Friday, 28 January 2022

Westfordhill, a special place where the wildlife helps lift the spirit

Westfordhill, a special place where the wildlife helps lift the spirit

I WAKE up this morning to bright sunlight. It’s only 6.30am but I get up with the knowledge that I have hours to go before my walk to Caversham to meet my friend Dave Kenny and we make a small pilgrimage to one of our favourite spots.

When I set off along the road the sky is blue and cloud-free — beautiful. High above four buzzards wheel around. I have never seen more than a pair before, so it’s quite a sight.

Once I’ve joined Dave, we set off and are soon making our way through a sturdy kissing-gate that reveals Westfordhill with its superb views either side of the Thames, Mapledurham to the east and Hardwick, Pangbourne and Whitchurch to the west.

A wealth of wildflowers is emerging on this unusually warm March day.

This spot has always been fairly rich in its floral diversity but something has changed for the better, perhaps because the flock of grazing sheep has gone.

We both note that many chalk-loving, flowering plants have increased in number. All around are hedge bedstraw (Galium mollugo), agrimony (Agrimonia eupatoria), vervain (Verbena officinalis), salad burnet (Sanguisorba minor), silverweed (Potentilla anserina) and creeping cinquefoil (Potentilla reptans). We’ll have to wait a while to see their flowers, though.

Sweet violets (Viola odorata) are in bloom and form a large carpet on the crest. Their white flowers flutter gently in the breeze. Dave munches on a leaf and confirms that they are indeed sweet. Dog-violets (Viola riviniana) decorate the slope like little purple jewels.

One of the prime reasons for our visit is to check on the health of an old field maple (Acer campestre) that stands proud here. It’s particularly well known to Dave as he is the lead verifier of ancient and veteran trees in Berkshire and Oxfordshire,reporting to the Woodland Trust.

A monster for its species, the tree measures 5.09m around the trunk so it must be at least 500 years old and is possibly the oldest and largest acer in the UK. It is still growing steadily and appears to be in good health. A remarkable and handsome veteran.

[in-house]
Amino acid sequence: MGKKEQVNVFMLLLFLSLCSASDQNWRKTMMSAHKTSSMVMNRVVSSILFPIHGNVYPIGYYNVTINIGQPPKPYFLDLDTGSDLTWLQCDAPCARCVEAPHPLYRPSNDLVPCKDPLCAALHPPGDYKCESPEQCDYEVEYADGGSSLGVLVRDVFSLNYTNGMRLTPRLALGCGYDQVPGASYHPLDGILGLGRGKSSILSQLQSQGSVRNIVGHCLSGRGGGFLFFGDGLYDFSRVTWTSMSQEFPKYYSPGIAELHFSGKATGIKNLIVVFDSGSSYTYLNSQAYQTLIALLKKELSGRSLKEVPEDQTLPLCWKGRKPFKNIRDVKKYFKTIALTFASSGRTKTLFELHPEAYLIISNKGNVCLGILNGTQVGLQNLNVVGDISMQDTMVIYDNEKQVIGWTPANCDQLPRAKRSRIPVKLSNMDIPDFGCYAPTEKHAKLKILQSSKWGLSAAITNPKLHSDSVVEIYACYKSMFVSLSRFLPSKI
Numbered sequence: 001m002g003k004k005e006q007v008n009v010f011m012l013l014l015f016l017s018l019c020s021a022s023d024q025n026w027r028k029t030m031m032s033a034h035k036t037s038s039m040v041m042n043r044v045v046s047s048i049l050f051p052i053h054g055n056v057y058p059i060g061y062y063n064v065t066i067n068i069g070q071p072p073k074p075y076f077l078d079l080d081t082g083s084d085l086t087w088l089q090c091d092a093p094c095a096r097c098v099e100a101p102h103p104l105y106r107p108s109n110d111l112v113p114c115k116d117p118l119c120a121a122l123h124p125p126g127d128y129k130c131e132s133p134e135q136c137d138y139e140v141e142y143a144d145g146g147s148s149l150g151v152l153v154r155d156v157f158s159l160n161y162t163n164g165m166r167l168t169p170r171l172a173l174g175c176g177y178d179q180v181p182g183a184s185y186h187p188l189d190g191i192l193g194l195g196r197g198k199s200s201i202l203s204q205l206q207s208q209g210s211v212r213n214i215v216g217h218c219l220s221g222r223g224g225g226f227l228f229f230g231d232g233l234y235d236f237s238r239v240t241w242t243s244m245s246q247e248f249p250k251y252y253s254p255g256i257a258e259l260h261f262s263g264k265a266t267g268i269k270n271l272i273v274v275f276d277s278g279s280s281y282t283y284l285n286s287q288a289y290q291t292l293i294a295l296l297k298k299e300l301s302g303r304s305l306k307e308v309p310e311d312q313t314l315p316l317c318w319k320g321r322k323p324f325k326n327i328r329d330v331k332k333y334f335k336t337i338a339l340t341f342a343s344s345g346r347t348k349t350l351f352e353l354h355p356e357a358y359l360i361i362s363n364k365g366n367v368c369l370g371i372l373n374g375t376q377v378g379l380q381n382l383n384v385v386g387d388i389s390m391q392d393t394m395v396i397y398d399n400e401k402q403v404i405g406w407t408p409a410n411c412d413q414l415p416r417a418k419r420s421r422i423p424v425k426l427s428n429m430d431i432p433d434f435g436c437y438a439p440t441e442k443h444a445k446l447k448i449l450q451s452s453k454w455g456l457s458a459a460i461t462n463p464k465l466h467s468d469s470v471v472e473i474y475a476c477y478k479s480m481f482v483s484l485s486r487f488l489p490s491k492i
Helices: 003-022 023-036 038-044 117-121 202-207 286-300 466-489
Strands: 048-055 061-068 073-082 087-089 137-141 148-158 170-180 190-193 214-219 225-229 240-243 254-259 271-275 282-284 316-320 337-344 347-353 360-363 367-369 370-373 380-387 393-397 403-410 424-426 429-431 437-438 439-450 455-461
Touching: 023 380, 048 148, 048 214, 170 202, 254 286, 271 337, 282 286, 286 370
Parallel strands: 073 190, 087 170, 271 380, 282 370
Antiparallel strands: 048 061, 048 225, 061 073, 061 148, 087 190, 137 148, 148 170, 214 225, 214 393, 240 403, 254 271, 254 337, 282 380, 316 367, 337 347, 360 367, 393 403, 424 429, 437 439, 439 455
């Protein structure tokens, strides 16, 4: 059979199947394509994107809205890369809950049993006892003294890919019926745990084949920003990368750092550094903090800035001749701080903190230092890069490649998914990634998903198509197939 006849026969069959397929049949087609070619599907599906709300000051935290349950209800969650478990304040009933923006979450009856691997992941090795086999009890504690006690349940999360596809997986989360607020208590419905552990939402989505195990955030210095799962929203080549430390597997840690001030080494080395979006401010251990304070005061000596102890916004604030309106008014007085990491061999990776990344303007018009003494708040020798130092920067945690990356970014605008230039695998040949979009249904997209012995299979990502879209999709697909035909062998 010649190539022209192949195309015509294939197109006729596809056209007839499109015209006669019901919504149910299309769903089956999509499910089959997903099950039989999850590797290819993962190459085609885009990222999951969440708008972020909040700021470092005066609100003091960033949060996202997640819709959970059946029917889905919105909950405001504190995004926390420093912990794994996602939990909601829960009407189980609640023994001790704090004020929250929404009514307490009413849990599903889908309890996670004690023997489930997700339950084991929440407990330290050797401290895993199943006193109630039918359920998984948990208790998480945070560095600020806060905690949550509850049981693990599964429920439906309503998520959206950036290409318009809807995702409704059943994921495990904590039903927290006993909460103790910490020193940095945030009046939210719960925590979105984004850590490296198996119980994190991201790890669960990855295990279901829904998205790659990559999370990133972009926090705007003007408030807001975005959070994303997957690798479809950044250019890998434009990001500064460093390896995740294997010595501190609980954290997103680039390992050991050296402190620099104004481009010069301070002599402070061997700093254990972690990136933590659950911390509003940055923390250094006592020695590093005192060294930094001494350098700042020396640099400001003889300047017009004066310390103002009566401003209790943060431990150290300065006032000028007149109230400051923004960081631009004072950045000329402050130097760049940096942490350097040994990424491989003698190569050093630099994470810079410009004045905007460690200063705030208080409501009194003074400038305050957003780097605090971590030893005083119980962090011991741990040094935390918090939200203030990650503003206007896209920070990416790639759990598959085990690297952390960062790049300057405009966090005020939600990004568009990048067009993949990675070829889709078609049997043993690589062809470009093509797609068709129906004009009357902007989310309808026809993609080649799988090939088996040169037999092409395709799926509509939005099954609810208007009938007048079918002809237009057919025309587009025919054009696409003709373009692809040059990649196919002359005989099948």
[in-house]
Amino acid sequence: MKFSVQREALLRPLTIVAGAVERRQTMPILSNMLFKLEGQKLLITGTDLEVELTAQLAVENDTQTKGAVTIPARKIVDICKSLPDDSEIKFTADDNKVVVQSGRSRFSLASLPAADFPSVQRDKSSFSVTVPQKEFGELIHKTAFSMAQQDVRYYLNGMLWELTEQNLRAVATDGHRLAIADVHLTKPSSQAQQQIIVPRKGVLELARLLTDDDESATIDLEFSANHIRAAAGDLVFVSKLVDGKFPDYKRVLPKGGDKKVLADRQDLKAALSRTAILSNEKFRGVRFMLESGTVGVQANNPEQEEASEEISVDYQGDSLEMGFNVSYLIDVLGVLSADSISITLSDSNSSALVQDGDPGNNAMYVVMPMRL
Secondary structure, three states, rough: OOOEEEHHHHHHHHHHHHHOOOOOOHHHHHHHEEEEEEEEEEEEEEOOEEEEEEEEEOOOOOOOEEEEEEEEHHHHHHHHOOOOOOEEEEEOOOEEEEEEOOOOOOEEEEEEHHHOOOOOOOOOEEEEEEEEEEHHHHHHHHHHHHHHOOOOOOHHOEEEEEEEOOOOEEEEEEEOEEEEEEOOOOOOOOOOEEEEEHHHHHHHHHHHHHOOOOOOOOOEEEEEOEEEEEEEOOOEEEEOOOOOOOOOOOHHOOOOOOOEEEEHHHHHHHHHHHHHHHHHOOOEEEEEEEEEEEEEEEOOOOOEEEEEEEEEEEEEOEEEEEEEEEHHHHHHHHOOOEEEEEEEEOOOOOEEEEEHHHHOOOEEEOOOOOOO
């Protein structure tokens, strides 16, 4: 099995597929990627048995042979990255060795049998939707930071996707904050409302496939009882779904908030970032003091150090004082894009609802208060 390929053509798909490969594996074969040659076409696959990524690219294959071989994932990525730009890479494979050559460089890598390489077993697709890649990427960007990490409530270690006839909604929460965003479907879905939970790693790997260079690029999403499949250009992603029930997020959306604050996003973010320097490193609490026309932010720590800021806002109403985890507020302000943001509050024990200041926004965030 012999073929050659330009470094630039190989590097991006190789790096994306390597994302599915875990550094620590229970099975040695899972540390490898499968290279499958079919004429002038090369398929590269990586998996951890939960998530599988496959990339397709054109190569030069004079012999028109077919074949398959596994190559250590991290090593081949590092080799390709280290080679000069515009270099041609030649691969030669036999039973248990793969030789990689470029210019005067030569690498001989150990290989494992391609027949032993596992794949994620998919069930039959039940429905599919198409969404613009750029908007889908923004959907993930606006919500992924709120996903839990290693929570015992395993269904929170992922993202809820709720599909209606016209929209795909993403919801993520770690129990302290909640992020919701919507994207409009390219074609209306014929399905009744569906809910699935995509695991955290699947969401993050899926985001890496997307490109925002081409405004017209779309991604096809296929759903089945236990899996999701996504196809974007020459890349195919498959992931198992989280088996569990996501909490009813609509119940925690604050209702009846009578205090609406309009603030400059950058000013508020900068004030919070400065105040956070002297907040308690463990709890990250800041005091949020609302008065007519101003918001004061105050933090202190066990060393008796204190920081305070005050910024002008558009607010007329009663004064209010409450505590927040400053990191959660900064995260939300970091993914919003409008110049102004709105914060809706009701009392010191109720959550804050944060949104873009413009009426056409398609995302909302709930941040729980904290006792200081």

After sitting on the hillside for a while to admire the panorama, we head home but stop to admire a fine old ash that guards the entrance to some charming woodland. Old cherry trees surround the path and I am looking forward to their brief but glorious blossoming.

There is also a huge amount of ramsons or wild garlic (Allium ursinum) here. What once was a small patch has now spread and competing with bluebells to dominate the woodland floor.

In a few weeks their star-like white flowers will turn the woodland floor into a Milky Way-like brilliance. If you can’t recognise this plant, you can certainly smell it!

Progressing along the bridleway that leads slowly down to the very depth of the wood, we stop to allow two children on horseback with their guardian to pass.

We are greeted by a new prospect. Where all the diseased and newly felled ash trees once stood a huge plantation of saplings has replaced them.

Dave checks. The replacements are largely oak. I wish them well for the future, realising that I’ll be long gone by the time that they have matured.

They are clustered tightly together, like war graves in a cemetery, with plastic guards around them to prevent deer from chomping on them.

Thankfully, a fine wych elm, hawthorns and beech remain among the newcomers.

Further along the old track there is the butterfly bush (buddleja davidii) that is the curse of the railway as it is invasive but beloved by insects. It will only proliferate.

In the distance a greater spotted woodpecker is drumming to attract a mate.

My cousin Mark recently saw one doing this on a metallic chimney cowl, presumably to make even more noise to impress a prospective partner!

Making our way up the opposing hill, we take a detour to find that mezereon is in full flower with pollinating insects queueing up. It is such a beautiful shrub and the sight lifts my spirit. This tapestry of wood and open land is extraordinary and I love it.

For the record, I’ve encountered 12 species of orchids in this small area. That’s quite a tally when you consider the UK total is around 50.

Today has been most surprising. Many people were about with their dogs, children and horses. The clement weather was surely responsible.

I only hope that they appreciate what they have seen and hope that the children will return to respect and protect such special places as this.

Vincent Ruane

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